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New high school gets more money from Chicago City Council as cost estimate climbs

Overhead view of vacant lot near 24th and State streets on Chicago’s Near South Side.

Chicago Public Schools looks to build a new high school on the former site of Harold L. Ickes Homes at 24th and State streets.

Colin Boyle/ Block Club Chicago

A controversial new high school is another step closer to reality after Chicago’s City Council approved $8 million in city funds for the $150 million project.

Five progressive aldermen voted against the measure on Wednesday.

The new high school on the Near South Side has faced opposition from school board members, elected officials, nearby residents, and community members who question the need for another high school as the district continues to hemorrhage students year over year.  

Some have argued a new campus would exacerbate under-enrollment at nearby schools.  Others have criticized the district’s community engagement efforts and the location of the site — which has long been intended for public housing.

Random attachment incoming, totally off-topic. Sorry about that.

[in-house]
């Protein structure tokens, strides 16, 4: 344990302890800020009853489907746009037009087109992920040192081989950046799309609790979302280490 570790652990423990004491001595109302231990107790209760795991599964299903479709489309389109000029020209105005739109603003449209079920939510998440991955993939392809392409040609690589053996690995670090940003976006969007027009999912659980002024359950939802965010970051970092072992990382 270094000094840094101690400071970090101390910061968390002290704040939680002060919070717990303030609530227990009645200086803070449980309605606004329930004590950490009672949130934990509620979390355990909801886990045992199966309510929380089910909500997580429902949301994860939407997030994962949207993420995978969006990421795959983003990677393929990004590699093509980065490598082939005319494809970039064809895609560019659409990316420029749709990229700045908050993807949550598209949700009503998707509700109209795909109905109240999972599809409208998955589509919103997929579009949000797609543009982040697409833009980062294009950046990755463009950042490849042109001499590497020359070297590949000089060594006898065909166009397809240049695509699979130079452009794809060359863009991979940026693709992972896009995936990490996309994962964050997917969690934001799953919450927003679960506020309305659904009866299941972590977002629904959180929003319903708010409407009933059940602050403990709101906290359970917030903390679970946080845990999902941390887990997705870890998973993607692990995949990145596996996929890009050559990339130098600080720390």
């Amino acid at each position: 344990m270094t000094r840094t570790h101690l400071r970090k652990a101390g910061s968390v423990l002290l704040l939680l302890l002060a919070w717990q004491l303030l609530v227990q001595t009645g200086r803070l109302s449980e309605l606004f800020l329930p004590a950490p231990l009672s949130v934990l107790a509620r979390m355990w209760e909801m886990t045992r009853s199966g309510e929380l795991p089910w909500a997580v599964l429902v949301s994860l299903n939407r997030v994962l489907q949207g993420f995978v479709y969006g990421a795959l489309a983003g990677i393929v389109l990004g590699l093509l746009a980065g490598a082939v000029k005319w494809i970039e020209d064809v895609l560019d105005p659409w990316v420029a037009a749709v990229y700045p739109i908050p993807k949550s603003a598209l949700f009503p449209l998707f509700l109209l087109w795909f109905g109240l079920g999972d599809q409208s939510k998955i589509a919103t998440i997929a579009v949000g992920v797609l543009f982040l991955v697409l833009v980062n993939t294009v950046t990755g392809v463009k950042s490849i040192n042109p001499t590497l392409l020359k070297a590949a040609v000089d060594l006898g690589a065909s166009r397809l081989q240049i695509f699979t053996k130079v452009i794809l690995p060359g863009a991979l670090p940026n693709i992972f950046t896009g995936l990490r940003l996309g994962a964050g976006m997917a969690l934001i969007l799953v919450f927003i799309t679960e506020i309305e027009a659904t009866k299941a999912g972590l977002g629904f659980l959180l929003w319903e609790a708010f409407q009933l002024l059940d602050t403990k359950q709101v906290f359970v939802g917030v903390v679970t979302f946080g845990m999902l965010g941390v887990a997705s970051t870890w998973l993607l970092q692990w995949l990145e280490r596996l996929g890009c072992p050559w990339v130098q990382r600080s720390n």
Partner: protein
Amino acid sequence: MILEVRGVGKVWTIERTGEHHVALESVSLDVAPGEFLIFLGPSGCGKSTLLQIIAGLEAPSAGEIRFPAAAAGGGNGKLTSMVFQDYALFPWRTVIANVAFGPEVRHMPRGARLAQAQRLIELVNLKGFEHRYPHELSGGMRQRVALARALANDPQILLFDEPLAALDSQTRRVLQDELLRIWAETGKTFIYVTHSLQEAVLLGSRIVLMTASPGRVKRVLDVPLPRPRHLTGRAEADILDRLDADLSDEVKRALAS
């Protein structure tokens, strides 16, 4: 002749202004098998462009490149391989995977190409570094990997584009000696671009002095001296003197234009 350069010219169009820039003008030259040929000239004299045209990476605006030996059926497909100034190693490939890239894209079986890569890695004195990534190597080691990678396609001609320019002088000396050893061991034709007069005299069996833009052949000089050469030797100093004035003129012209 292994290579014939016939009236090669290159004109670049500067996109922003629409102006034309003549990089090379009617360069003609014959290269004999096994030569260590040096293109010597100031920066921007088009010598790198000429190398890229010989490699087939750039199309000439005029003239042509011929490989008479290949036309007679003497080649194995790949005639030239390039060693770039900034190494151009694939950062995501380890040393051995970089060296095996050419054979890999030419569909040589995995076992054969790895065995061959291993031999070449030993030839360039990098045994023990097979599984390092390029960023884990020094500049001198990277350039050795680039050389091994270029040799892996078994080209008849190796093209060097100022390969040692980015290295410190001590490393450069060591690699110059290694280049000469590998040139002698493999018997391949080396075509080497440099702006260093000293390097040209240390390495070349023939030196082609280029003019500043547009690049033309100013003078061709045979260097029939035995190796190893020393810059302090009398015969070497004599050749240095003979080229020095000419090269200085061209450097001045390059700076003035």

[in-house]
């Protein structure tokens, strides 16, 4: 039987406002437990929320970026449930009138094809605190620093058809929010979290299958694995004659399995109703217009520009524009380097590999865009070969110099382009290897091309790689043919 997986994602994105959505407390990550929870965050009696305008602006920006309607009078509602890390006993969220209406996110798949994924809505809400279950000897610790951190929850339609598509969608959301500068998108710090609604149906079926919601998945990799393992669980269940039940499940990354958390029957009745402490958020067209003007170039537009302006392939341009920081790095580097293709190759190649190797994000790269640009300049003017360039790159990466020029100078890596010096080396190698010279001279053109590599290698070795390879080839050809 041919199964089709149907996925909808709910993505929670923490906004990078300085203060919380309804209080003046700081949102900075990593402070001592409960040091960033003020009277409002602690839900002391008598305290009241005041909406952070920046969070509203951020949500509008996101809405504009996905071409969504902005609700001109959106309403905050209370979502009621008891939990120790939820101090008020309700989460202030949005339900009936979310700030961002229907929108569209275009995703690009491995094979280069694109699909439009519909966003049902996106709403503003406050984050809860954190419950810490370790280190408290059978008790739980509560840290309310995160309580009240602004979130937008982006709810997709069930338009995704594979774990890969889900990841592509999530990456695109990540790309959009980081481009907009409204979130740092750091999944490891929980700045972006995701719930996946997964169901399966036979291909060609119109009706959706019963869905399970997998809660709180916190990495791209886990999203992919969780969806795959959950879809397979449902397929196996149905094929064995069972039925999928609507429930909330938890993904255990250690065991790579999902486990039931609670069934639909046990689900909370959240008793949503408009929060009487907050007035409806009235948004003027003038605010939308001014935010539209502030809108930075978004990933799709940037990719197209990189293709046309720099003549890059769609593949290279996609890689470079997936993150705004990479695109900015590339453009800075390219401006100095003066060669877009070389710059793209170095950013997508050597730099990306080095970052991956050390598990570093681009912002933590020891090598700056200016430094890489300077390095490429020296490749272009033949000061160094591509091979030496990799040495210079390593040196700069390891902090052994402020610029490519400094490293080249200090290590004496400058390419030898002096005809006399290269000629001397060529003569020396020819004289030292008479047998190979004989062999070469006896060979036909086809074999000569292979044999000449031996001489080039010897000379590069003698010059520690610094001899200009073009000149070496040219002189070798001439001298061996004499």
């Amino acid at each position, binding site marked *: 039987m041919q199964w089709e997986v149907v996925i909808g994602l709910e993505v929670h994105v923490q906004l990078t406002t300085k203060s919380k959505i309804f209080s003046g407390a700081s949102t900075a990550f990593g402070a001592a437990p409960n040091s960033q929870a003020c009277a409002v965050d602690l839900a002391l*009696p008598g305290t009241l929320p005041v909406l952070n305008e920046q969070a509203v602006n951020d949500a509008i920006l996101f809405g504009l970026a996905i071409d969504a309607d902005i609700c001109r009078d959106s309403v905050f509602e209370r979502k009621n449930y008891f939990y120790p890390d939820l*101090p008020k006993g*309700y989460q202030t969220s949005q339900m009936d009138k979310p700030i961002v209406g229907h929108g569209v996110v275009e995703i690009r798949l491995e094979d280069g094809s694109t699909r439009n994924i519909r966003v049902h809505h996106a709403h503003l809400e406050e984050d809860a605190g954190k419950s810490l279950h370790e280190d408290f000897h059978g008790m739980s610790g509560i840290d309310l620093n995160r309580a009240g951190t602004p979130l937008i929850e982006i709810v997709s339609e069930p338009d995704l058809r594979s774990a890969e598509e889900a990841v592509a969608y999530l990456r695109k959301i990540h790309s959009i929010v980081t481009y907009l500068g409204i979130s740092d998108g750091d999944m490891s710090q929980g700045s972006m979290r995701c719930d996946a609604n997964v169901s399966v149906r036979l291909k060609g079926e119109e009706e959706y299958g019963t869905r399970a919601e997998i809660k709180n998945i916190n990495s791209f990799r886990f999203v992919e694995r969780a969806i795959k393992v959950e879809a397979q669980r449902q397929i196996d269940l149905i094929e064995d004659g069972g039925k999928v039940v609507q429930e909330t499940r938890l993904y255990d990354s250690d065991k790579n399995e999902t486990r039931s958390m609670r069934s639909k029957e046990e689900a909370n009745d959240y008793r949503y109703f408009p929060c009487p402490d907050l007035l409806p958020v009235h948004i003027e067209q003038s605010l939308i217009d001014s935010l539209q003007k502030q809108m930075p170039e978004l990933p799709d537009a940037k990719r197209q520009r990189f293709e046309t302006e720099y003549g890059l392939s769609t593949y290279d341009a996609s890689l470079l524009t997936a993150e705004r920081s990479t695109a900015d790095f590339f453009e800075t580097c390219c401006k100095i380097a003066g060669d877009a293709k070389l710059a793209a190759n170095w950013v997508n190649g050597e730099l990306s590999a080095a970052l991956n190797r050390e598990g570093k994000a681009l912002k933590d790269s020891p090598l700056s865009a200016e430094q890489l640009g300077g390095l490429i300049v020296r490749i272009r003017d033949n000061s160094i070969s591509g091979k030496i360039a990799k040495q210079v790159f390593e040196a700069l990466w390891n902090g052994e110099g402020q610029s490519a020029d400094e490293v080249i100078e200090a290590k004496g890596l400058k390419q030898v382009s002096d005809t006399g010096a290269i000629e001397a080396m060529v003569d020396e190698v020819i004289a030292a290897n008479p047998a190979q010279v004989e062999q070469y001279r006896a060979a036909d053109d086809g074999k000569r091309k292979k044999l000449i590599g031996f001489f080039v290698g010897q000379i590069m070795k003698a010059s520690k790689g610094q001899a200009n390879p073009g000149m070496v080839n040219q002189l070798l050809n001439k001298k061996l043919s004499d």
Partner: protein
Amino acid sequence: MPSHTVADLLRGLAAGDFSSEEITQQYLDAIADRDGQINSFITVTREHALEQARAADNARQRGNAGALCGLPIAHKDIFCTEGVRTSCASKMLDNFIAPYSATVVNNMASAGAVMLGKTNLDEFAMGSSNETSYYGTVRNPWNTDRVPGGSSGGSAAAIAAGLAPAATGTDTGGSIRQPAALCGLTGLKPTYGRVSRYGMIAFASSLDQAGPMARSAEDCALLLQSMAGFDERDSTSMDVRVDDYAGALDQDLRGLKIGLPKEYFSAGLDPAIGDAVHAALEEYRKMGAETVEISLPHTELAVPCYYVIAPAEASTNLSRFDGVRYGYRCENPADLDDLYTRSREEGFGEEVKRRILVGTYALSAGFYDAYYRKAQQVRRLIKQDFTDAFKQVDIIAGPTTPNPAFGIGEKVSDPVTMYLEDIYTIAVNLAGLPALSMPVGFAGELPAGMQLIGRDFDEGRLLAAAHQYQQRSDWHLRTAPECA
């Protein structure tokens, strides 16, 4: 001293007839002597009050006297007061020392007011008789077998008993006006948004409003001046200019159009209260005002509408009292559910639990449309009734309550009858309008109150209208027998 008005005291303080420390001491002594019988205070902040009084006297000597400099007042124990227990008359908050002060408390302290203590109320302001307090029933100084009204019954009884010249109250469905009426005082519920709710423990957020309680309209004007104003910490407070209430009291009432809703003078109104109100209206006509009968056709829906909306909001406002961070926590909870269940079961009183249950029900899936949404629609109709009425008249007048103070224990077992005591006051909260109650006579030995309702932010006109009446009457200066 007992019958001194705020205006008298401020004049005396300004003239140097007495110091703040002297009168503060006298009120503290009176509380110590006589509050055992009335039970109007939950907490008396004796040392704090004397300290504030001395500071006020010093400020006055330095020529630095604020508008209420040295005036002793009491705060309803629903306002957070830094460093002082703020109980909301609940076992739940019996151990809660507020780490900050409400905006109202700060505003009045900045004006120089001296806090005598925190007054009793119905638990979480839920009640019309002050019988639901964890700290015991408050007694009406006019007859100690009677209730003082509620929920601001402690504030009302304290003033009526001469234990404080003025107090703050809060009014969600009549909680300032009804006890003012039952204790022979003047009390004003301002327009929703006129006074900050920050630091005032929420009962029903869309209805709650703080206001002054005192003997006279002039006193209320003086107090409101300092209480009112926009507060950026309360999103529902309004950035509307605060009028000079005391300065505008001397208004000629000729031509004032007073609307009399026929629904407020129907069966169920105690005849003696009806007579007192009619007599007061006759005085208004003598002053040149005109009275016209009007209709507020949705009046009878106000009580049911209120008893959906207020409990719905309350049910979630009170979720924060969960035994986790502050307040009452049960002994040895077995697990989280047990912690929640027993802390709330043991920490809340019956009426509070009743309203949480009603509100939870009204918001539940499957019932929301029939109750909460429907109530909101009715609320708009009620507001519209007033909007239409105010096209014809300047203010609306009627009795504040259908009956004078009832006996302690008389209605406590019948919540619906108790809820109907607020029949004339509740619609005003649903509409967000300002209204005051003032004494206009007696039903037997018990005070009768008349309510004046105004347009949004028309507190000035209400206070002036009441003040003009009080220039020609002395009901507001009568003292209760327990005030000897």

The latest vote allocates $8 million in tax-increment finance — or TIF — money to Chicago Public Schools for the purchase of a cluster of properties near 2450 S. State St., a site previously set aside for affordable housing. The estimated cost has also climbed to $150 million, up from $120 million when the proposal was initially unveiled in spring. 

City Council often dedicates tax-increment finance funds to public schools and public parks to supplement the school district’s tight capital budget. So far this year, aldermen have approved $175 million in TIF money for Chicago Public Schools.